Animal companions offer emotional,social, and health benefits to their humans. Research suggests that dog owners are more likely to meet recommended physical activity goals and tend to have lower blood pressure than people who don't have dogs.
Canine companionship yields heartfelt benefits for many people.
Sometime around the Stone Age, a few docile wolves crept out of the woods to warm themselves by the human campfire. The rest, as they say, is history. Today, nearly half of U.S. households include at least one canine family member. For most owners, the responsibilities and costs are easily outweighed by the unmatched love and devotion that dogs can offer.
Cuddly puppy pictures and gushy sentiments aside, can canine companionship make a real difference in your cardio-vascular health? According to Dr. Elizabeth Frates, assistant professor at Harvard Medical School, the answer is an emphatic "yes"—a conclusion backed by the American Heart Association's 2013 scientific statement on the benefits of pet ownership.
Go for walkies?
Dr. Frates admits that she wasn't always a dog lover. It was through her research into lifestyle and behavior change that she became a fan of the furry creatures. "We're in the midst of a diabetes and obesity epidemic in this country. Research shows that people who have a dog are far more likely to get the recommended 150 minutes of moderate physical activity each week," she says.
It's pretty easy to see how dogs work their magic. Your dog is the ultimate exercise partner. Unlike a human walking buddy, a dog will never choose to grab a cup of coffee instead of going for a brisk walk, no matter how miserable the weather. Dog ownership can even encourage physical activity among people who traditionally get less exercise. Walking with a dog may lessen an obese person's feelings of embarrassment about his or her appearance and ability to walk. Being out and about with a dog may also enhance your sense of social connectedness by providing opportunities to meet and interact with other people. Finally, a tired dog is a happy dog. You and your pup will likely both sleep soundly through the night after a good day of sniffing and fetching.
Blood pressure and beyond
In multiple studies, dog owners have been shown to have lower blood pressure than non-owners. One small study went so far as to explore if dog ownership could serve as a treatment for high blood pressure. Thirty people with borderline hypertension were assigned either to adopt a dog from a shelter or defer adoption to a later date. Blood pressure was similar in both groups at the start of the study. But over five months, systolic blood pressure (the first number in a reading) was significantly lower in the dog-adoption group. Later, blood pressure also declined for the other group, once they took their dogs home.
Interacting with a dog is calming for humans (and for the dogs, for that matter). People with dogs appear to have less cardiovascular reactivity when they are mentally stressed, meaning their heart rate and blood pressure go up less and return to normal more quickly. Researchers attribute this effect to a reduction in levels of the stress hormone cortisol. Among older adults in particular, dog ownership seems to confer a sense of well-being.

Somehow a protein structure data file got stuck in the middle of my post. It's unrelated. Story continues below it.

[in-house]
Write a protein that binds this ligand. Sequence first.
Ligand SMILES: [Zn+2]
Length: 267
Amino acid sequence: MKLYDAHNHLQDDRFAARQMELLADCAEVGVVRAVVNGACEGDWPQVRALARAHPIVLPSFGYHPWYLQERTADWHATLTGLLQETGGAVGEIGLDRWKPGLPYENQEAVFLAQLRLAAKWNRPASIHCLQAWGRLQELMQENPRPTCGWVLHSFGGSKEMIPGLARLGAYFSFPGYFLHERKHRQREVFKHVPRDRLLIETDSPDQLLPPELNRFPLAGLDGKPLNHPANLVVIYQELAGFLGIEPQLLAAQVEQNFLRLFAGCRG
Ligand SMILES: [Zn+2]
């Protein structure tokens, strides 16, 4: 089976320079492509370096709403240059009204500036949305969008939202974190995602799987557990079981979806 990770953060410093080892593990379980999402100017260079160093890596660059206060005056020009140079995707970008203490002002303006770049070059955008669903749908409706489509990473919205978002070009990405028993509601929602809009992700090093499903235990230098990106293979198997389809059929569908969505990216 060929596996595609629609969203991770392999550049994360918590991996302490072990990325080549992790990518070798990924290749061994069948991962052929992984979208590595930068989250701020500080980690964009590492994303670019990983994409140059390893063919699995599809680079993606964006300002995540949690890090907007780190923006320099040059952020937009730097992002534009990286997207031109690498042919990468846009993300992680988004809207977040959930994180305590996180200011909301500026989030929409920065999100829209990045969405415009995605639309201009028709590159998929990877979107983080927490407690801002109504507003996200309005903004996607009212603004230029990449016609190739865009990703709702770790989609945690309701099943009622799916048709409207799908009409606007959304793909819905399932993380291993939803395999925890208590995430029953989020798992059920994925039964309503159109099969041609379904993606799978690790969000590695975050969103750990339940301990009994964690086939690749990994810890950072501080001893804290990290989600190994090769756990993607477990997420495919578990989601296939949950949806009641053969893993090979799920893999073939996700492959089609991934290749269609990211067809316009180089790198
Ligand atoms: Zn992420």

Dogs may also soothe loneliness and combat anxiety and depression. These positive responses may result from the release of oxytocin, a powerful hormone and brain chemical secreted by the pituitary gland during social bonding activities. Because the power of touch appears to be a major component of this "pet effect," cat owners should not despair. Time spent with feline friends may offer a comparable heart-calming payback.
Not a pill
If you think getting a dog may be just what the doctor ordered to improve your heart health, Dr. Frates says it's essential to understand what makes the canine connection so powerful. "A dog is not a pill like a cholesterol-lowering agent. The advantage comes out of the behavior changes that need to take place in order for you to walk and care for your dog," she says. If your living space or work schedule doesn't accommodate dog ownership, there are other avenues for achieving canine camaraderie. You can offer to take a neighbor's dog out for a daily jog or volunteer your dog-walking services at a local animal shelter.
How to walk a dog in 5 easy steps
Set your goal. Dogs need to exercise at least once a day. A good rule of thumb is to walk a dog a minimum of two blocks for every 10 pounds of the dog's body weight.
Chart your course. Choose a walking route that's fun and safe for both you and your dog. Avoid busy roads if your dog is fearful around traf-fic. Also, climbing hills or traversing uneven terrain may be too challenging if you or your dog are out of shape or have physical limitations.
Practice leash skills. To make walking work as a form of exercise, teach your dog to heel on a leash, or you'll spend most of your time wrangling the dog and not getting up to walking speed.
Design your regimen. As with other aerobic activities, begin with a five- to 10-minute warm-up, then proceed to at least 10 minutes of brisk walking. Finish up with a five-minute cool-down period to let your heart rate return to normal.
Cool off and check in. Fill a water bowl after each outing so your dog can drink freely. Be aware of signs of overexertion in your dog, such as heavy panting, limping, or excessive sleeping.
Source: Harvard Medical School Special Health Report, Get Healthy, Get a Dog (/DOG)
As a service to our readers, Harvard Health Publishing provides access to our library of archived content.
Please note the date of last review or update on all articles. No content on this site, regardless of date,
should ever be used as a substitute for direct medical advice from your doctor or other qualified clinician.